This really isn’t a programming tip, but it is vital if you are a programmer. How you should talk to a client. I have learned this the hard way many times. And though all these tips may be good, USE YOUR JUDGEMENT! All clients are different; don’t do something you believe will be bad.
Probably my worst, I don’t know where I would be with out MS word. You will not be taken seriously unless you spell everything correctly and your grammar is good. Most people you work with are not English scholars, so perfect grammar isn’t completely needed. Just make it the best you can.
2. Don’t engage in small talk unless they start.
Business is business, personal talk is personal talk. They generally should be kept separate. It just seems odd to have your programmer ask you how your day is going. Though, if the client wants to have a quick chat, do so if you have time. If you don’t have time or don’t want to, politely inform them you have work to do.
3. Don’t over-mention payment.
The price of the item you are working on was agreed upon when you started. The fact that you will be paid is implied. Try to stay away form mentioning it or it will give the client the impression you only care about the money. When the end comes and it is time to ask for payment, don’t use phrases like “Please pay me” or “Please send me my money”. Better to use “Please send funds to [place]. I will send you the files as soon as receive them”. It sounds less focused on the money and changes the focus to giving the client his files asap. Leaving a good last impression can mean a return client.
4. Don’t play the blame game.
It is not uncommon for a client to misinterpret what you say. When it was harmless I apologized for not being clear and continued. Was I unclear? I don’t think so, but to quickly resolve the harmless conflict I took it and went on. When the misunderstanding is of some significance, it becomes purely circumstantial. Don’t take the blame for what isn’t your mistake, but don’t blame them for your mistake. More not taking the blame for what isn’t your fault later.
5. Don’t use too many large words or complicated sentences.
Not to call clients stupid, but coming at your client with a barrage of large words that are sure to send them to dictionary.com is a bad idea. They will instantly take it as you trying to manipulate them into something. Or they will just think you are an idiot compensating with large words. For instance, you would not want to message them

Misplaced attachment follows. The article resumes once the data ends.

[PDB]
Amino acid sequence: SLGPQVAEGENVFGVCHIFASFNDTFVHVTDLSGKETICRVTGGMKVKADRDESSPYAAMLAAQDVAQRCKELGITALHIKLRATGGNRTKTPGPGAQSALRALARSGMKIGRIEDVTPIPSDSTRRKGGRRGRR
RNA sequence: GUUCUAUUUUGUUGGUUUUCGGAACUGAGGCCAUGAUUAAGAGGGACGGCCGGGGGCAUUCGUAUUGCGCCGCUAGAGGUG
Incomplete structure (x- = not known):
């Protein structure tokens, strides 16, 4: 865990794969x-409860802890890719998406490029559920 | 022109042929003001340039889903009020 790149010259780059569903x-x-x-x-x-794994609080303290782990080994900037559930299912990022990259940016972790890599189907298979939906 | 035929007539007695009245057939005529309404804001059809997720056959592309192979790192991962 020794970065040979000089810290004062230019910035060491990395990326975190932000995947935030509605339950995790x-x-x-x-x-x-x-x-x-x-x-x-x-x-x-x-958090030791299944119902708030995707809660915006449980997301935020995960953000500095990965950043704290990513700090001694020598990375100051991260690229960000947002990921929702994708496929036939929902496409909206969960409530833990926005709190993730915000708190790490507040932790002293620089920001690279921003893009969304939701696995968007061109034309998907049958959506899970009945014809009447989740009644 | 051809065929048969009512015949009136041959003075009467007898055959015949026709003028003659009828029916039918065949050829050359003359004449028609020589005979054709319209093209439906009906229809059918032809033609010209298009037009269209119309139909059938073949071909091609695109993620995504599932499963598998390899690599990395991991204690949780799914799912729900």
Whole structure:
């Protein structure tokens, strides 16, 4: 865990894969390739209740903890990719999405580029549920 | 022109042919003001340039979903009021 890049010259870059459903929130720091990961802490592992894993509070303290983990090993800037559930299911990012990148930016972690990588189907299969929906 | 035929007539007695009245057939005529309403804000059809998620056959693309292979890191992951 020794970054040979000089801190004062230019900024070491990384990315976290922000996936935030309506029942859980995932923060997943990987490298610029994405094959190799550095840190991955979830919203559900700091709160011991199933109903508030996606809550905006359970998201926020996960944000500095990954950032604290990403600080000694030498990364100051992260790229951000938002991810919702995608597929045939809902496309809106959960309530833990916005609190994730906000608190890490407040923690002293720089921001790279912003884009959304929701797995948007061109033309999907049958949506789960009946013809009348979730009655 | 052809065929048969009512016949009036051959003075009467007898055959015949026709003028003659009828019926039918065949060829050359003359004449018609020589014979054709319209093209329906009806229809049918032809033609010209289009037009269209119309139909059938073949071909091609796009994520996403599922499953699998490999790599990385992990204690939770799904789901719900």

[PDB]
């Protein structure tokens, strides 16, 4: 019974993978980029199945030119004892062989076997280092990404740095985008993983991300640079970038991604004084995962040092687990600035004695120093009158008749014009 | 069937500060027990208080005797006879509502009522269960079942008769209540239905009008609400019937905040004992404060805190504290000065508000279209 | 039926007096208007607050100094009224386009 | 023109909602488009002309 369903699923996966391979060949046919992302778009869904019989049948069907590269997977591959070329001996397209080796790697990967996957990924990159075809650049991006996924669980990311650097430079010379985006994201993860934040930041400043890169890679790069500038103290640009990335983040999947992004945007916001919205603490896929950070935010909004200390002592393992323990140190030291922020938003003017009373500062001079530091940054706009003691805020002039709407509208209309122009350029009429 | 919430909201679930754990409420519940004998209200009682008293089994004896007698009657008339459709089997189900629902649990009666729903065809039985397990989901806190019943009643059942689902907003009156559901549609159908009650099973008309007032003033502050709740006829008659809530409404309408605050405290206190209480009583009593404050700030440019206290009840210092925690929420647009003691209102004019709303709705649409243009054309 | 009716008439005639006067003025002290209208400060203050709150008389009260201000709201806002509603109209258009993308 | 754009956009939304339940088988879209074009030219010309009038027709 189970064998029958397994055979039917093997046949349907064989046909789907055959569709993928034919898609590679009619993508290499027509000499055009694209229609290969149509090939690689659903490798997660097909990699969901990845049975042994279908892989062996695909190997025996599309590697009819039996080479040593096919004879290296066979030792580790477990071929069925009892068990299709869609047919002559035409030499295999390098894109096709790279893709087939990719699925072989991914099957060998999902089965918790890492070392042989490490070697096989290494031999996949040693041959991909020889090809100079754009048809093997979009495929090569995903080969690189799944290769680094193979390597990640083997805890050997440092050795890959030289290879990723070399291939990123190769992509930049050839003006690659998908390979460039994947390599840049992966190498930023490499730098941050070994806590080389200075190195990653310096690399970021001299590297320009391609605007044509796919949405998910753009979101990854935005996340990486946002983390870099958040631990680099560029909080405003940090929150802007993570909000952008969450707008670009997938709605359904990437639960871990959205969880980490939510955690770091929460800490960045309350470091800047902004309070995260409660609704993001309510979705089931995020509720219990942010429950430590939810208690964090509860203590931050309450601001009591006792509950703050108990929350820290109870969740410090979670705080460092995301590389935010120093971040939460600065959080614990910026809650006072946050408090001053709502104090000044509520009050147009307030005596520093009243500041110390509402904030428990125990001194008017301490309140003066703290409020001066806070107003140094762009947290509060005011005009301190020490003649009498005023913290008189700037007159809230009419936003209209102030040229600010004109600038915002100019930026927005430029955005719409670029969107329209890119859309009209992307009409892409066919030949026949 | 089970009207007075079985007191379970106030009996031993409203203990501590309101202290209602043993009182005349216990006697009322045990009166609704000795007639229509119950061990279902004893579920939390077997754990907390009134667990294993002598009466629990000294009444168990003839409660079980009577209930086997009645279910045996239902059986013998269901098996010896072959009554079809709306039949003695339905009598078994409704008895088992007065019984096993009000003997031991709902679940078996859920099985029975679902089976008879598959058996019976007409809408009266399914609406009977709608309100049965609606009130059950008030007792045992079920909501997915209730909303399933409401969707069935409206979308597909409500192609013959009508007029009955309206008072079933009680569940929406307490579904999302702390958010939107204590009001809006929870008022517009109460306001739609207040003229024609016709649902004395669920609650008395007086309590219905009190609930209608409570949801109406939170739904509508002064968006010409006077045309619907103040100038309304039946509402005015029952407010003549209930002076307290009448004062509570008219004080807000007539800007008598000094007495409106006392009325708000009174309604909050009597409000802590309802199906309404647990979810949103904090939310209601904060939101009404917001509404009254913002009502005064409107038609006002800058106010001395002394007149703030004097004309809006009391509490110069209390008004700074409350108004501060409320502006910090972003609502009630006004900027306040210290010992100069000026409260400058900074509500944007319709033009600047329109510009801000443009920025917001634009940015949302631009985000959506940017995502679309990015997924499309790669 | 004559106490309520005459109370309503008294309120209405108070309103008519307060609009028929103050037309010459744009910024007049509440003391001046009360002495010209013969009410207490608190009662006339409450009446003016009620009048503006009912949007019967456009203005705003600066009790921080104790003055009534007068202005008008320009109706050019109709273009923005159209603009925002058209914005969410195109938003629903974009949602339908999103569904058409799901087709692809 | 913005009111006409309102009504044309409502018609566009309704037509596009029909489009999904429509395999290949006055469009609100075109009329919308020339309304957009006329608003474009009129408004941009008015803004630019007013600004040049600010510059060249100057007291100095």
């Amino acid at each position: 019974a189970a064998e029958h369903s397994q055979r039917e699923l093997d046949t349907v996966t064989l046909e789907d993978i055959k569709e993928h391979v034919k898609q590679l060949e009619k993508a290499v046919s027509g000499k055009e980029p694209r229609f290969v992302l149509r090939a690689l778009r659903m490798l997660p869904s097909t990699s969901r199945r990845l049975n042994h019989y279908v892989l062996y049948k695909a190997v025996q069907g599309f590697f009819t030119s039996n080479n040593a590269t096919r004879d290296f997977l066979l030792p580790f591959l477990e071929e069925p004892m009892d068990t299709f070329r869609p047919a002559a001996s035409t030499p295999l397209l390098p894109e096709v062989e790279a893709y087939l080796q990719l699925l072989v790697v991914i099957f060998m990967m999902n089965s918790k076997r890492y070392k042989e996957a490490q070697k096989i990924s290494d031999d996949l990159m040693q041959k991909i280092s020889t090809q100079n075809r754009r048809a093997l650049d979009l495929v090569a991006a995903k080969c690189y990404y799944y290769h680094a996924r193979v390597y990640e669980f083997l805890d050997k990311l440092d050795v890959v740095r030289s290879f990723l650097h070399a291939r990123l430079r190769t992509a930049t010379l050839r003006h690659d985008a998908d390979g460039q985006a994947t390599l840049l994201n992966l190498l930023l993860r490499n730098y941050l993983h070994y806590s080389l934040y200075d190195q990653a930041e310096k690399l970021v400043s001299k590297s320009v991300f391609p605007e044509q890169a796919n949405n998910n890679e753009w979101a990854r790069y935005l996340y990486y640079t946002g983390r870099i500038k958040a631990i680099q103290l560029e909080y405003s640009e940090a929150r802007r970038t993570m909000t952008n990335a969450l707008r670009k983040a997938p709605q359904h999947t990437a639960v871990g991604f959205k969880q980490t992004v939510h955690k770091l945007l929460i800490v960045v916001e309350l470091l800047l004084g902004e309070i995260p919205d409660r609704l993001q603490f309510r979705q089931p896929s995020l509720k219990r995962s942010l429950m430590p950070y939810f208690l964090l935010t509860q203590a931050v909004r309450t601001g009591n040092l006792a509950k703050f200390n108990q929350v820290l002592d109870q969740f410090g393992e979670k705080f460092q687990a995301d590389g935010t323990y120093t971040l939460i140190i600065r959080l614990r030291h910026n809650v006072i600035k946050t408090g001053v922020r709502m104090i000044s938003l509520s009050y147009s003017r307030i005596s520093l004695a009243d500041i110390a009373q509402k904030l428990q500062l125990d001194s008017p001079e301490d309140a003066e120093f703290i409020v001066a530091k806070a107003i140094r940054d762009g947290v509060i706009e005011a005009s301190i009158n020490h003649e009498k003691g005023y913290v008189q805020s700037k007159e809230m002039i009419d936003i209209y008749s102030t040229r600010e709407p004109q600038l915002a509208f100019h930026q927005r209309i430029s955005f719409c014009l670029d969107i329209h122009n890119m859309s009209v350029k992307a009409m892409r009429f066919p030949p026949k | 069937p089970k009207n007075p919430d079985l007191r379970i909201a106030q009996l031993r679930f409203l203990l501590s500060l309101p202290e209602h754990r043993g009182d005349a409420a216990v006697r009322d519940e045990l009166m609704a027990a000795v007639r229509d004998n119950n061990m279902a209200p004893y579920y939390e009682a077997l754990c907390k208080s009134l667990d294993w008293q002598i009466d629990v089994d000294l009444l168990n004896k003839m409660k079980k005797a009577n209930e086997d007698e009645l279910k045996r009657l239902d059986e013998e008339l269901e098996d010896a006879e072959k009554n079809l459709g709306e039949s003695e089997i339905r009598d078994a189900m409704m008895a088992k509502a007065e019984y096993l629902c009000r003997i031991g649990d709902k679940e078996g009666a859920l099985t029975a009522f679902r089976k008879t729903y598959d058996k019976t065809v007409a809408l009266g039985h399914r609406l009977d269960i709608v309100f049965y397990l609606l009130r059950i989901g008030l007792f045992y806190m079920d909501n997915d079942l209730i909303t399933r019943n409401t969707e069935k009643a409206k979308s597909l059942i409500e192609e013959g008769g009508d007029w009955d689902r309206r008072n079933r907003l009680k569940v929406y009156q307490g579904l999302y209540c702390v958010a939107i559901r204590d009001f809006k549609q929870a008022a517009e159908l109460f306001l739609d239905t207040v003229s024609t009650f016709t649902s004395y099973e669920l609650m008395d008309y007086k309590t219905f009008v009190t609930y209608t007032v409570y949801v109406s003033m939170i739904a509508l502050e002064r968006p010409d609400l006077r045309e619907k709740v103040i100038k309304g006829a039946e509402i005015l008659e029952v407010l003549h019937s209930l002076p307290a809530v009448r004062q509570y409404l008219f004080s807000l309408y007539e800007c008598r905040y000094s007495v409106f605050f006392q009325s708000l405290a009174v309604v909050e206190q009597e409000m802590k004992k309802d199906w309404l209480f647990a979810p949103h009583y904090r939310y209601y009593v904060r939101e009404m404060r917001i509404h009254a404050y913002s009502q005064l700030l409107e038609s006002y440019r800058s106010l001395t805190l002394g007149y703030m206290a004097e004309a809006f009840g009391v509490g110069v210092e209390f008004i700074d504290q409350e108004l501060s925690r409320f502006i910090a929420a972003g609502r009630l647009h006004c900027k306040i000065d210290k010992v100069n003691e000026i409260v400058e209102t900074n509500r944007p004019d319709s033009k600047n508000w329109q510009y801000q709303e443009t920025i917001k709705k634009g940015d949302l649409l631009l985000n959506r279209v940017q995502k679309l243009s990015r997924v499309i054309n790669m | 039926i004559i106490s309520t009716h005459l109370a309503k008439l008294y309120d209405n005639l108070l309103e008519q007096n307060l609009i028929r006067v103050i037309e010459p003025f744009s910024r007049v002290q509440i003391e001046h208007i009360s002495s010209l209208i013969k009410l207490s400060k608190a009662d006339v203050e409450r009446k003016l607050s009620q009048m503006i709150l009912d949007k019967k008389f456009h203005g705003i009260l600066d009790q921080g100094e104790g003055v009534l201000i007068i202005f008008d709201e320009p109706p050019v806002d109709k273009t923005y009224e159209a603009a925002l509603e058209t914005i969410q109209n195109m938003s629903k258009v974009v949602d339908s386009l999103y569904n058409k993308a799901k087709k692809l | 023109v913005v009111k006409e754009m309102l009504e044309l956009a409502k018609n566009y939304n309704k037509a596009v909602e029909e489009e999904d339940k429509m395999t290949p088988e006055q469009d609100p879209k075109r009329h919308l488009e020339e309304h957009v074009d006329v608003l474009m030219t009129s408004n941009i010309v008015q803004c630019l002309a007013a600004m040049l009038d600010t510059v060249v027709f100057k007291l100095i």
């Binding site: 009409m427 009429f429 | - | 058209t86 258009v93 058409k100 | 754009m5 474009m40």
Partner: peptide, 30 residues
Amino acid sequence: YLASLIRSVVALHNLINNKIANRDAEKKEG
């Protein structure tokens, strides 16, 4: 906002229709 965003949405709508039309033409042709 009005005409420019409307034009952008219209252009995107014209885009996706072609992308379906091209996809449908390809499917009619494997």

Salutations appreciated consumer of extravagant commodities. It is with the greatest regrets I am obligated to inform you that I am endeavoring to abstract a remaining delinquency in the application so I may discharge it. I require additional portions of time for the acquisition of the location of this problem. I will not misappropriate any additional authorized time; rather I will use to improve this product in a substantial way. I am prepared to compensate additional authorized time with the building of a component of miniscule to intermediate voluminosity for free or a significantly reduced price.
“Hello, I’m afraid I need another day to remove a bug. I know this would be going passed the deadline, could I offer you an additional component for free or highly reduced price?”
6. Speak to them according to their tech knowledge.
Different clients have different knowledge of how programming works. Some of my clients are less experienced programmers and want to know how I am building it. Others don’t even know what a database is. Generally, don’t tell them the inner workings of the program unless they want to know. They hired you to make a good program, they should trust you. You aren’t a teacher, if they don’t know how anything works; politely inform them you don’t have the time to explain it. If they know what they are doing and want some insight into the program, just tell them.
Off of the polite tips, here are some tips for realistic communication in the event that blind politeness with get you ripped off.
7. Don’t take the blame for what you didn’t do.
If you make a mistake, take the blame for it. But if the client misread something that was clearly his mistake, it is his fault. If it has no impact on anything, just take the blame to avoid conflict. But if it affects something (another feature, something works different, ect), politely inform them the error is on their part and you cannot fix it for free. This is purely circumstantial, there is no formula to say if it is your fault or not. Decide objectively and fairly. Also include a clause in your policies that leave you as the decider of where things go in lack of detail.
8. Be as assertive as you have to, when you have to. But not more.
If a client is doing something that is wrong, inform them of that. I had a client some time ago that wanted something that he simply didn’t specify earlier. He was insisting it was implied; I eventually had to reply “No offense intended, but a reasonable person would not expect that to be implied. Since it was not clearly specified, I will not program that feature for free.” He was mad, but the project worked out and he did return later for more work.